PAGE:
“When Danny came in, I told him I didn’t want him to write a bunch of memos; I wanted him to experience the different aspects of our system,” Greenholtz explains.

Chung did write a few memos, but he also engaged judges in intellectual discussions about the dispensation of justice. These ranged from the nature of guilty pleas to the steps the criminal justice system takes to protect the constitutional rights of the accused.

“All of that has been tremendously helpful to me,” Chung says. “I had a low interest in practicing criminal law when I arrived, but the more I’ve delved into how the sausage is made, the more I’ve realized how necessary and interesting the process is and how it works for the betterment of the country.

“That’s persuaded me to consider practicing criminal law.”

Greenholtz says Chung’s clerkship has allowed him to pay forward the benefits he received from a judicial clerkship.

“When I was in law school, I clerked for an outstanding jurist. That experience has colored the way I’ve viewed the law ever since. I’ve always wanted to give that part of my experience to someone else, although I don’t for a moment think I’ve been successful in doing that with Mr. Chung.

“But it’s important the courts provide these kinds of experiences for our upcoming leaders in the law.”

Greenholtz adds that the clerkship has not consisted of a one-way conduit of wisdom from himself and his colleagues to Chung, but that its benefits have flowed in both directions.

“When I ask Danny what he’s taking away from the proceedings in court, his insight in some cases is very different from mine,” Greenholtz notes. “That’s not only informative and helpful but also makes me a better public servant.”

McVeagh dovetails his fellow judge’s comments with what he believes is another benefit of Chung’s presence in Chattanooga this summer: Helping the CBA to become more diverse.

“The [Young Lawyers Division] is being intentional about recruiting not just quality lawyers from outside Chattanooga but also minority lawyers who can bring their life experiences and a completely different perspective to the city,” he says. “Historically, the [CBA] has struggled to represent the larger population, but we’re making an effort to change that.”

The CBA has not worked alone to provide Chung with the opportunity to work with local judges his summer, but rather has partnered with other individuals and entities in the city to bring the clerkship to fruition. The University of Tennessee at Chattanooga, for example, joined with the CBA to provide housing for Chung, while attorney Lee Davis donated a stipend, even though the clerkship was unpaid.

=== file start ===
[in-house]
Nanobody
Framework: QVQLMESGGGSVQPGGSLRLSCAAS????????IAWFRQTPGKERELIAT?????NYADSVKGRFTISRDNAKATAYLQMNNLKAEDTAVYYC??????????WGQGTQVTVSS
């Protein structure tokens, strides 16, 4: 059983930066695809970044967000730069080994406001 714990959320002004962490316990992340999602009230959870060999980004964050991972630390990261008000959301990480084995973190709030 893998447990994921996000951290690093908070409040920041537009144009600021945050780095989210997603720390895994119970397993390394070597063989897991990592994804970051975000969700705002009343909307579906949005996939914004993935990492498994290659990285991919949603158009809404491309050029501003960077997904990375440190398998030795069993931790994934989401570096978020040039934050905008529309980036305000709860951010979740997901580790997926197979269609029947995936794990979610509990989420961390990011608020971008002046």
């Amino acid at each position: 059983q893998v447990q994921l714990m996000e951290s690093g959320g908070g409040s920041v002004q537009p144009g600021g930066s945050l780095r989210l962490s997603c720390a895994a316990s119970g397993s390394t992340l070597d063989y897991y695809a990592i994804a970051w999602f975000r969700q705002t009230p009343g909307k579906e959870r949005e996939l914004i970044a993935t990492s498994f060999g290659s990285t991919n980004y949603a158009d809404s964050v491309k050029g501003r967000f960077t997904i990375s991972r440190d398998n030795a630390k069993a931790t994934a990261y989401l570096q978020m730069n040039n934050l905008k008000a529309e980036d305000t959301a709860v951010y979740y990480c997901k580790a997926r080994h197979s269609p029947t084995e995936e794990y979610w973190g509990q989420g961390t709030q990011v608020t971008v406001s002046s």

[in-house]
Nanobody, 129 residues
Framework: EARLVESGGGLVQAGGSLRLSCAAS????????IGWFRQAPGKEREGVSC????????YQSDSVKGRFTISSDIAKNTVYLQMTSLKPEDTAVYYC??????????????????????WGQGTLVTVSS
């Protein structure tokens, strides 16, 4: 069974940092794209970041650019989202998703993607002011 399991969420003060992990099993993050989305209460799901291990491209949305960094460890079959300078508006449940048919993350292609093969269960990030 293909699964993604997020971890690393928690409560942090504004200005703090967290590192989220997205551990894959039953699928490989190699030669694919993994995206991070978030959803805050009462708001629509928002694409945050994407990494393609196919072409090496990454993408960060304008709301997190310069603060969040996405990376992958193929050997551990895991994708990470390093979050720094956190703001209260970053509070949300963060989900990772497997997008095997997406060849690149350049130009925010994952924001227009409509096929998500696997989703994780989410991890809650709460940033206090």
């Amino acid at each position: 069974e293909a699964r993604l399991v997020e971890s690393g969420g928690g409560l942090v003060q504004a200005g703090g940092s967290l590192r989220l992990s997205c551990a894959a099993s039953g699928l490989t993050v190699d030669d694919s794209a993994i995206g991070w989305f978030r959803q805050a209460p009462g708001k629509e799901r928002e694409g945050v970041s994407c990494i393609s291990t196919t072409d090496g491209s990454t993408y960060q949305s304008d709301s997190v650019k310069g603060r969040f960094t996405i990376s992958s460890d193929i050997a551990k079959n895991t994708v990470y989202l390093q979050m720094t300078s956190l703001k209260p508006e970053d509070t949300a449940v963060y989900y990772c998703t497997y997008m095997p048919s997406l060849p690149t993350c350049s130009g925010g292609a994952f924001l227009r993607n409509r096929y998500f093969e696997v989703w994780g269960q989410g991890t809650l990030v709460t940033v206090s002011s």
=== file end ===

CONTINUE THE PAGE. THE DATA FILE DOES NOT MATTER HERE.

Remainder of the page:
With Chung’s time in Chattanooga nearing an end and his third year at LMU approaching, the aspiring attorney is looking ahead to the steps he’ll take after graduating and passing the bar exam.

Although Chung doesn’t want to pigeonhole himself, he say he is interested in practicing cybersecurity and data privacy law.

A return to Chattanooga might also be in the cards for Chung, who’s enjoyed experiencing the sense of community that pervades the city.

“I’ve been helping the United Way on weekends, and have been impressed with how closely knit the community is. My dream would be to make a living doing what I like in Chattanooga now that I’ve kind of experienced what it’s like to live a day-to-day life here.”

This would be advantageous to not just Chung but also the broader citizenry, Greenholtz reiterates.

“The ultimate aim of the clerkship is to improve us all. When Danny asks, ‘Why do you do it that way?’ it forces me to say, ‘I don’t know, but maybe there are better ways.’

“So, the criminal court is better off for him having been here this summer, I’m better off for him having been here this summer, and all of this goes back to people like Mr. Maddox asking, ‘What if?’”